The Wensink. Where to start? Lives in Kentucky. Which seems important. Daddy-cool. Definitely important. Author of quasi-bizzaro, near punk literature. Intriguingly important. Which we hope is important, and a real word, though is definitely important to us regardless. And we say this because we want to somehow capture what its like to find yourself caught up in a new author, who writes in a genre, you might not neccessarily read, and cranks out books you might not have necessarily encountered, but now you do, and have, and it feels like a discovery of sorts, something new you want to own. Sometimes that author is well along the way in their career and you pick through their work, seeking out themes, and highlights, which for you is exciting and fresh, and other times, they are new and fresh and finding their voice, and the Wensink falls in the latter category, and this too can be exciting, because you see the voice taking form, emerging and happening right in front of you. Which brings us to Broken Piano for President and the blurb we were most honored to provide and have only slightly altered here for your life-changing consumption.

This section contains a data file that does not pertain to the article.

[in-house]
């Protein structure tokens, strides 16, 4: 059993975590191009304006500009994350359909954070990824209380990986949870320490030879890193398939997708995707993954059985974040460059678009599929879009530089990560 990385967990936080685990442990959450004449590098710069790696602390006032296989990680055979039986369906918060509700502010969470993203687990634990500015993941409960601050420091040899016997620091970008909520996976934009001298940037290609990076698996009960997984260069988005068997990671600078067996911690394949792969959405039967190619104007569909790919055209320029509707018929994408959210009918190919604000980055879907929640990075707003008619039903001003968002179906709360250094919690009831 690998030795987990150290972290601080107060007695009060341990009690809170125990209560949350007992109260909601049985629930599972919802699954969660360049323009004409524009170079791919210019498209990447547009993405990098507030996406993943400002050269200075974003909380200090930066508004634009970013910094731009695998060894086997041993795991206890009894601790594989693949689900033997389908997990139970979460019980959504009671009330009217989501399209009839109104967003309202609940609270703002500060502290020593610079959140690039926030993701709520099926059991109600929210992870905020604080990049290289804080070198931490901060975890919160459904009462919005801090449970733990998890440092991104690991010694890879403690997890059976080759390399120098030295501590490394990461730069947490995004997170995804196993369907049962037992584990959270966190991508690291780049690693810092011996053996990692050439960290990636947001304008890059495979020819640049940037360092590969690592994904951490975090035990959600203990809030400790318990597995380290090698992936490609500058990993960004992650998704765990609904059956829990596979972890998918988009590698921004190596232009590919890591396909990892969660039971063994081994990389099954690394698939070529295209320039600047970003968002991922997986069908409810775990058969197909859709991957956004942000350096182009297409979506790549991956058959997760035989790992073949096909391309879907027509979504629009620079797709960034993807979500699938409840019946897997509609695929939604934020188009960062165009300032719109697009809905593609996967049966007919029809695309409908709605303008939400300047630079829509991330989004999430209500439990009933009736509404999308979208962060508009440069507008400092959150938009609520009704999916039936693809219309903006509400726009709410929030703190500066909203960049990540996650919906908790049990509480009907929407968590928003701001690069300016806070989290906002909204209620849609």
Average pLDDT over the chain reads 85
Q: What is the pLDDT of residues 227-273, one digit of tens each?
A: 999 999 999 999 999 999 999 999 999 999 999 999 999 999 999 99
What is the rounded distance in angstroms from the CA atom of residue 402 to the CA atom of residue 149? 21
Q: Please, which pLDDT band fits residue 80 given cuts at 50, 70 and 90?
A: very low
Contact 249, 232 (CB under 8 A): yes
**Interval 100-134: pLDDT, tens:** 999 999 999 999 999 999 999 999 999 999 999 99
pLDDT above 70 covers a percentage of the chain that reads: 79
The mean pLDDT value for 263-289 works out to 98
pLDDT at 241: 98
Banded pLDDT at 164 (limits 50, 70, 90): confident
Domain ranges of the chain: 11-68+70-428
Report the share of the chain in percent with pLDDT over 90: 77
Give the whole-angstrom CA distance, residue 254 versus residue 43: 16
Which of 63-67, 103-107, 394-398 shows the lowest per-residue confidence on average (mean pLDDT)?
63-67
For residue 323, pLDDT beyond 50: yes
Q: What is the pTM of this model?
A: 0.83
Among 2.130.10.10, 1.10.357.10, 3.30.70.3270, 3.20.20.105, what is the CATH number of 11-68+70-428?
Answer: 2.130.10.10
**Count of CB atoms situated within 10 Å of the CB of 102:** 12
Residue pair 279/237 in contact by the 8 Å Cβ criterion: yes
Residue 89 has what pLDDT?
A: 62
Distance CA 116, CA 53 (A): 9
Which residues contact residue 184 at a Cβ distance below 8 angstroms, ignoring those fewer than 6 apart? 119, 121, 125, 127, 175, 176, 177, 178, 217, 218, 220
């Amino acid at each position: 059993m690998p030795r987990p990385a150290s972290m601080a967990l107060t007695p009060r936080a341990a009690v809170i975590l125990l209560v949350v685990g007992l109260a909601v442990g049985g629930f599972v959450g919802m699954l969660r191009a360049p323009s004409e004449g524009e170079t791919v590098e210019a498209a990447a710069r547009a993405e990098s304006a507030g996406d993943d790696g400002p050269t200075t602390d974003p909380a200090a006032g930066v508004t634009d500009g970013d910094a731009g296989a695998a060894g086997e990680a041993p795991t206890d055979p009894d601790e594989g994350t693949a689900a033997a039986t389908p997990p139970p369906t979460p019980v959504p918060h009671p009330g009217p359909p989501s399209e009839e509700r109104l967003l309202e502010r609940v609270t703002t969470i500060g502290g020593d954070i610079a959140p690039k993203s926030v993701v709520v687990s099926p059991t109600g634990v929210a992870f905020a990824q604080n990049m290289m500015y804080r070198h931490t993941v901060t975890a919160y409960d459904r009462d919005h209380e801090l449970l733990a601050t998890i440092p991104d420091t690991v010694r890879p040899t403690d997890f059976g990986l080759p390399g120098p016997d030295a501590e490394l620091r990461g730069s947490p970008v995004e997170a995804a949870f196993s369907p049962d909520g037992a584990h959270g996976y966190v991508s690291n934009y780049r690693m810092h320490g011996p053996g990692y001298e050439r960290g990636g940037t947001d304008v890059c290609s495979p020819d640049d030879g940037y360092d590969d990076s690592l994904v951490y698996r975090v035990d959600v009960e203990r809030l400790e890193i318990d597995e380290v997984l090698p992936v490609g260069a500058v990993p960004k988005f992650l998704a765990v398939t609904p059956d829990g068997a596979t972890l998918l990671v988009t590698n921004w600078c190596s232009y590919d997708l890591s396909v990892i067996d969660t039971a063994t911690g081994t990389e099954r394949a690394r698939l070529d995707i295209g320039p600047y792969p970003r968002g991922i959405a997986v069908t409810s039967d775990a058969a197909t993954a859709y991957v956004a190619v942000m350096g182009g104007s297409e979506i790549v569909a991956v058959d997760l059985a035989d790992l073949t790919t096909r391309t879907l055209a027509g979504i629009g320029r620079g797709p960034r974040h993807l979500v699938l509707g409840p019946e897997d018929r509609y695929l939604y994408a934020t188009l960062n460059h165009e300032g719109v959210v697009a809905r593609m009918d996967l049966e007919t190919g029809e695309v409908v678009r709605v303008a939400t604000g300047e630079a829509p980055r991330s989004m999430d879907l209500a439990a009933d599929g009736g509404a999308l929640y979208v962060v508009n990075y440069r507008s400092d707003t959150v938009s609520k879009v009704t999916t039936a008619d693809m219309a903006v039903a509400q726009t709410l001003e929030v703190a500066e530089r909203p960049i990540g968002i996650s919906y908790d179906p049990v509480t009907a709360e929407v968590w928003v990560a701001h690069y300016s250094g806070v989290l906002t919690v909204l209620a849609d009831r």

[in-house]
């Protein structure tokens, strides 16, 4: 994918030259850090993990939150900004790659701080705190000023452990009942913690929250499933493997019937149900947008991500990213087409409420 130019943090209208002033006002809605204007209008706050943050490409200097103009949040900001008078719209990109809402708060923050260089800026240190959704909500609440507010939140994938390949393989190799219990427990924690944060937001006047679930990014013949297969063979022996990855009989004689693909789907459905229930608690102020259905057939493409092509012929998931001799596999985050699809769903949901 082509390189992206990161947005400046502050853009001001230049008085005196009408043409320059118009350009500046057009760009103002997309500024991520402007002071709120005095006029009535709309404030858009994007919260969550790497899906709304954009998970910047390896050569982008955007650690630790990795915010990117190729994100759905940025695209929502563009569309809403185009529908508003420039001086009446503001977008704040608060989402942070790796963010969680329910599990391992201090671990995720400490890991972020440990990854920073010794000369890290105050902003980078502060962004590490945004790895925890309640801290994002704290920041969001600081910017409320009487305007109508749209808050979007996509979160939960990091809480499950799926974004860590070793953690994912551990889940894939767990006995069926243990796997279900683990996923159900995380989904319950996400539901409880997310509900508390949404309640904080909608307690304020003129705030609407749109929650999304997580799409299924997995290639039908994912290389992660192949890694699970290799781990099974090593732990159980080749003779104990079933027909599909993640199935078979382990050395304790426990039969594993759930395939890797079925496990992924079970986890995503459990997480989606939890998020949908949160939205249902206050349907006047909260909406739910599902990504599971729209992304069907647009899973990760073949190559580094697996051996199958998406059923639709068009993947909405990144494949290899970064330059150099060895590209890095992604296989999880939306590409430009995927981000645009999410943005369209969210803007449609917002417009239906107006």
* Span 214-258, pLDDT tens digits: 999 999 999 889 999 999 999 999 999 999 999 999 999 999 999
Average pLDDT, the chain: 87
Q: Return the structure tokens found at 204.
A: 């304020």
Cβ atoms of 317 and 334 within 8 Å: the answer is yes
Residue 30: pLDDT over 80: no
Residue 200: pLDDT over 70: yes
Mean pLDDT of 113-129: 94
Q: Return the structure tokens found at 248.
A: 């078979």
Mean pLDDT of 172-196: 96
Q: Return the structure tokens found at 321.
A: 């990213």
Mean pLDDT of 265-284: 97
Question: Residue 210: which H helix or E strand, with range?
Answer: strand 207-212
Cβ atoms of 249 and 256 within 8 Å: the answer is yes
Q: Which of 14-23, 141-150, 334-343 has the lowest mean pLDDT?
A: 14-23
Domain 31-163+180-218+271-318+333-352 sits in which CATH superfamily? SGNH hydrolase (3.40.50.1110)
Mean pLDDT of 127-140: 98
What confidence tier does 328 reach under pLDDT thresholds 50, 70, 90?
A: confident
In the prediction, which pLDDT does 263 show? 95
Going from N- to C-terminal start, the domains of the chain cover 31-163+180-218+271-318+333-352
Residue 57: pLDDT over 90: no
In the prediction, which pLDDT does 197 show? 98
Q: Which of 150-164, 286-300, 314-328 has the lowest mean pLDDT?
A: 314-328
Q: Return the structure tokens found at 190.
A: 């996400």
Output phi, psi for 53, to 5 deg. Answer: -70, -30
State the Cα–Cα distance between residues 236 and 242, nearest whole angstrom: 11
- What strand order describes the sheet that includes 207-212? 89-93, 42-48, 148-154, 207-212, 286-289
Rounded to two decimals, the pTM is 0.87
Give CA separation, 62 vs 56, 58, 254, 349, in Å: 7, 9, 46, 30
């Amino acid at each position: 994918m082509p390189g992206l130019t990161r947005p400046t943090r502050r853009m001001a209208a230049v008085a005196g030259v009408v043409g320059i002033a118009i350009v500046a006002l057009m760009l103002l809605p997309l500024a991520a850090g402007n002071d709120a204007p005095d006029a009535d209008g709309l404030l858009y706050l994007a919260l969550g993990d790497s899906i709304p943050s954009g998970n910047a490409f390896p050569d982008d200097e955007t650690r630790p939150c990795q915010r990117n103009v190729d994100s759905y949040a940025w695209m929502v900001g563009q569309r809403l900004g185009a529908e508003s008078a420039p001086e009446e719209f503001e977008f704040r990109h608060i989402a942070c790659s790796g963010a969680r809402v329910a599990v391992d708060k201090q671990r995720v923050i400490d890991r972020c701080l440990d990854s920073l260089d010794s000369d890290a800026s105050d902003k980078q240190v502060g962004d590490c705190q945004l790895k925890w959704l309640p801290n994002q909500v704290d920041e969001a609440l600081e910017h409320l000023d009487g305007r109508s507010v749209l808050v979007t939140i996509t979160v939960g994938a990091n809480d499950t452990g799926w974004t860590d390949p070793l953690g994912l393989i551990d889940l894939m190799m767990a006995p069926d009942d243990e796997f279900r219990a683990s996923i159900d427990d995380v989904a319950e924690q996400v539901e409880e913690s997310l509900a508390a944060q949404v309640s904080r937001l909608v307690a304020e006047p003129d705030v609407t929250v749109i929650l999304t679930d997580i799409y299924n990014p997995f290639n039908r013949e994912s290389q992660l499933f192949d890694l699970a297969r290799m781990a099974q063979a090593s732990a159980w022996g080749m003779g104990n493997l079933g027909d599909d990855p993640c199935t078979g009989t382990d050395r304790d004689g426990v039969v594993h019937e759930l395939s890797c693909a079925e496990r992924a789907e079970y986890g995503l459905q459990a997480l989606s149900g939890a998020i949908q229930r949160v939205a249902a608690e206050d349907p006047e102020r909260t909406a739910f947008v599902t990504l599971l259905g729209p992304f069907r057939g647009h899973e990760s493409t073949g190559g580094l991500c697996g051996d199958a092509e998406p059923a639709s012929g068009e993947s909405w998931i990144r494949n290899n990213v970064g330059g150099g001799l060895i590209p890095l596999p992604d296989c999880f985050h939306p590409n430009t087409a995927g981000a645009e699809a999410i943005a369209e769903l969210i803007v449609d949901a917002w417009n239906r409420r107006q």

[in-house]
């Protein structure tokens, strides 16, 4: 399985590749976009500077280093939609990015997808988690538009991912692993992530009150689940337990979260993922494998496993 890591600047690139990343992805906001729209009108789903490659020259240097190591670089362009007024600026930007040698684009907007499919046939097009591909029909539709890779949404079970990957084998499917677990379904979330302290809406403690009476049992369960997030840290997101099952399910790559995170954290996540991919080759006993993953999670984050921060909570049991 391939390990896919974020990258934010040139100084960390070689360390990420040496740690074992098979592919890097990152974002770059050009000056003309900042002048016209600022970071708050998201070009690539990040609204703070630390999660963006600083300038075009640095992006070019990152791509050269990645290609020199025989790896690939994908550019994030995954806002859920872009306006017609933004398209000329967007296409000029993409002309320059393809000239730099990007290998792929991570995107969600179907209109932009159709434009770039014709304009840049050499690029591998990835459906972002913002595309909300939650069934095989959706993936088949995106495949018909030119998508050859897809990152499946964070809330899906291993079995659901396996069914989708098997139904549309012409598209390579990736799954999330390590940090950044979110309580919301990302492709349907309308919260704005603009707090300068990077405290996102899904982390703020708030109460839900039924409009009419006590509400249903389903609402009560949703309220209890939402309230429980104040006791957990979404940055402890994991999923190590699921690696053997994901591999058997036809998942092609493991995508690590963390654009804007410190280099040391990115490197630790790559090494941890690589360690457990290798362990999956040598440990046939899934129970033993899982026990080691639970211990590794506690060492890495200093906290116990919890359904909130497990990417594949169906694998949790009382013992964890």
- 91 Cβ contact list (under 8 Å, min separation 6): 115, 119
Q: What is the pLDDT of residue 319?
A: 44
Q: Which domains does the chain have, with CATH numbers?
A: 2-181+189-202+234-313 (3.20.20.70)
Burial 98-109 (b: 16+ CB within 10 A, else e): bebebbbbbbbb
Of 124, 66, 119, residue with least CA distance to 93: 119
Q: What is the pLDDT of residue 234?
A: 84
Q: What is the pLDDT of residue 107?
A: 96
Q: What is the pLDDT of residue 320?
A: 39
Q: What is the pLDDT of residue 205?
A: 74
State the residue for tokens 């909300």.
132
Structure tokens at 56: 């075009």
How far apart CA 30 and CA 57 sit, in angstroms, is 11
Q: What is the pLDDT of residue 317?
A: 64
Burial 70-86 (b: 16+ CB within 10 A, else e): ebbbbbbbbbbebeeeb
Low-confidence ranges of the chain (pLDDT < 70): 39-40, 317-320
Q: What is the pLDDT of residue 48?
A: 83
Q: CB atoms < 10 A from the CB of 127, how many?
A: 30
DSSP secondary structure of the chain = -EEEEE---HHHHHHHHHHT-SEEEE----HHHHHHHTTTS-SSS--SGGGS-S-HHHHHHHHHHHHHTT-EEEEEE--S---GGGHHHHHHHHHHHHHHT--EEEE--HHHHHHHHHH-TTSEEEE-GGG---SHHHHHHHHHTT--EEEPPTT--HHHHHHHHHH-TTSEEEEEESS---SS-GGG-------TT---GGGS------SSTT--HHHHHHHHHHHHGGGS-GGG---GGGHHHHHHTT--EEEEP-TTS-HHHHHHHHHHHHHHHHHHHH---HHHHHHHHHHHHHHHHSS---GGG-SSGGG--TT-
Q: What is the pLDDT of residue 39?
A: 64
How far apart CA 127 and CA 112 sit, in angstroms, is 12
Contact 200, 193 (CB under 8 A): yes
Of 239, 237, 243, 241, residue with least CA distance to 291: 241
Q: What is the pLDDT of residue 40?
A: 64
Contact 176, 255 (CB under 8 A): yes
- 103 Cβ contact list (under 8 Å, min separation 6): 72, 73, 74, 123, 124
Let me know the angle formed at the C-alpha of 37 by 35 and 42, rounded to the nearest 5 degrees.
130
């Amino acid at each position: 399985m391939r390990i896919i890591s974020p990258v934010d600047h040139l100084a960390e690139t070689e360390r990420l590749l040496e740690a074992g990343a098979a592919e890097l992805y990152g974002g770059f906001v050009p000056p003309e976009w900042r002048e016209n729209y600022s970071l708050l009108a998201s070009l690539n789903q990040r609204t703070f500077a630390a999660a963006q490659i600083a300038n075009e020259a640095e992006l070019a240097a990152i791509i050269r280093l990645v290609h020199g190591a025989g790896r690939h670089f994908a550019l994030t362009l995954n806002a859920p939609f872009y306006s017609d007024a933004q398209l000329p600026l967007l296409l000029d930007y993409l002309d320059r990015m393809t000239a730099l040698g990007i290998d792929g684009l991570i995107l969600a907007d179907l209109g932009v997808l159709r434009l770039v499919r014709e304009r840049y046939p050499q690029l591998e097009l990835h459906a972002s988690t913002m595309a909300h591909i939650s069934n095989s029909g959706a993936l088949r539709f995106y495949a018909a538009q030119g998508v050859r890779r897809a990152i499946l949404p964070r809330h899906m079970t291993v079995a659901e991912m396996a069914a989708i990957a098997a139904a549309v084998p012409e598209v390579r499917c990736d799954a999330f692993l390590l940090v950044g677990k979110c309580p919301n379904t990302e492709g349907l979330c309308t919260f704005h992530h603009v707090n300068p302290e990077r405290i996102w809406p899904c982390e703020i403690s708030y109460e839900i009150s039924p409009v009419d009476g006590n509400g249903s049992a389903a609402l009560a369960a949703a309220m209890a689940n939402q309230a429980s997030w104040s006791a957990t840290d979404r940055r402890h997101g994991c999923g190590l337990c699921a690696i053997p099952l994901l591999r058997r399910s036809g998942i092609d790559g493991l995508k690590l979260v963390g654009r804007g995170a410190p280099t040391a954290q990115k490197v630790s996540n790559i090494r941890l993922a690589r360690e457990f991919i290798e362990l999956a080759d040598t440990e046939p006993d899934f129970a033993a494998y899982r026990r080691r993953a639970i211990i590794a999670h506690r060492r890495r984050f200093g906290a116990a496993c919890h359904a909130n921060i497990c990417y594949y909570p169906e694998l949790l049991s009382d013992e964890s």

"The last time we drank with Hemingway, wait sorry, it was not Hemingway, it was Jackie Collins. Anyway, the last time we drank with Jackie Collins she said to us that writing is not like dating in that when you write you have to commit. Every sentence. Every pause. Every juke, joke and feint has to mean something. This is especially true with absurdist writing, because what's on the page is not what you know to be right. Which doesn't make it wrong. Just warped. And different. Which is a good way to describe the endlessly fertile mind of Patrick Wensink. Warped. And different. In a good way certainly. We think. Maybe. Regardless, he commits to his stories and his vision of the world, from book to book and breath and breath, and with Broken Piano for President he not only continues to break fresh Wensinkian ground, he continues to find his voice, a warped voice surely, but one uniquely his own. And yes, we just dropped the phrase Wensinkian there, which we now here by officially claim as our own. Trademark pending of course. And Pat Riley be damned."